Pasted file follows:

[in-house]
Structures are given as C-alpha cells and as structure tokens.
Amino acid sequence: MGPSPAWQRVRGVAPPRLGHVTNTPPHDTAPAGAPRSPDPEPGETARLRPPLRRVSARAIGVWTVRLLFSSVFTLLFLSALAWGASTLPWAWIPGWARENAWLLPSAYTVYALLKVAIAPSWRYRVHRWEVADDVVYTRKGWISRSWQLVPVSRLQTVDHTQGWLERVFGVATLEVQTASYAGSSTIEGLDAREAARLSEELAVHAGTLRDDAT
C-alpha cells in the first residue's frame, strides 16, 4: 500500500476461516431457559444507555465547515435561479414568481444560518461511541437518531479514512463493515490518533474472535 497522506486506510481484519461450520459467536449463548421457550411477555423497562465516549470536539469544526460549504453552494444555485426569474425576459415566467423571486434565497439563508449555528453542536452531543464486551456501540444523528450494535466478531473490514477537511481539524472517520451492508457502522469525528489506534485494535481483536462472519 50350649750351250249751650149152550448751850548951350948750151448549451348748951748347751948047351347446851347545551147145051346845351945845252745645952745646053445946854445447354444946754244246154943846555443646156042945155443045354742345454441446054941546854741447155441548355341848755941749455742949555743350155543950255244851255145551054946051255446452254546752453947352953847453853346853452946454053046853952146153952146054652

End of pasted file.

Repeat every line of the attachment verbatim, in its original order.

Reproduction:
[in-house]
Structures are given as C-alpha cells and as structure tokens.
Amino acid sequence: MGPSPAWQRVRGVAPPRLGHVTNTPPHDTAPAGAPRSPDPEPGETARLRPPLRRVSARAIGVWTVRLLFSSVFTLLFLSALAWGASTLPWAWIPGWARENAWLLPSAYTVYALLKVAIAPSWRYRVHRWEVADDVVYTRKGWISRSWQLVPVSRLQTVDHTQGWLERVFGVATLEVQTASYAGSSTIEGLDAREAARLSEELAVHAGTLRDDAT
C-alpha cells in the first residue's frame, strides 16, 4: 500500500476461516431457559444507555465547515435561479414568481444560518461511541437518531479514512463493515490518533474472535 497522506486506510481484519461450520459467536449463548421457550411477555423497562465516549470536539469544526460549504453552494444555485426569474425576459415566467423571486434565497439563508449555528453542536452531543464486551456501540444523528450494535466478531473490514477537511481539524472517520451492508457502522469525528489506534485494535481483536462472519 50350649750351250249751650149152550448751850548951350948750151448549451348748951748347751948047351347446851347545551147145051346845351945845252745645952745646053445946854445447354444946754244246154943846555443646156042945155443045354742345454441446054941546854741447155441548355341848755941749455742949555743350155543950255244851255145551054946051255446452254546752453947352953847453853346853452946454053046853952146153952146054652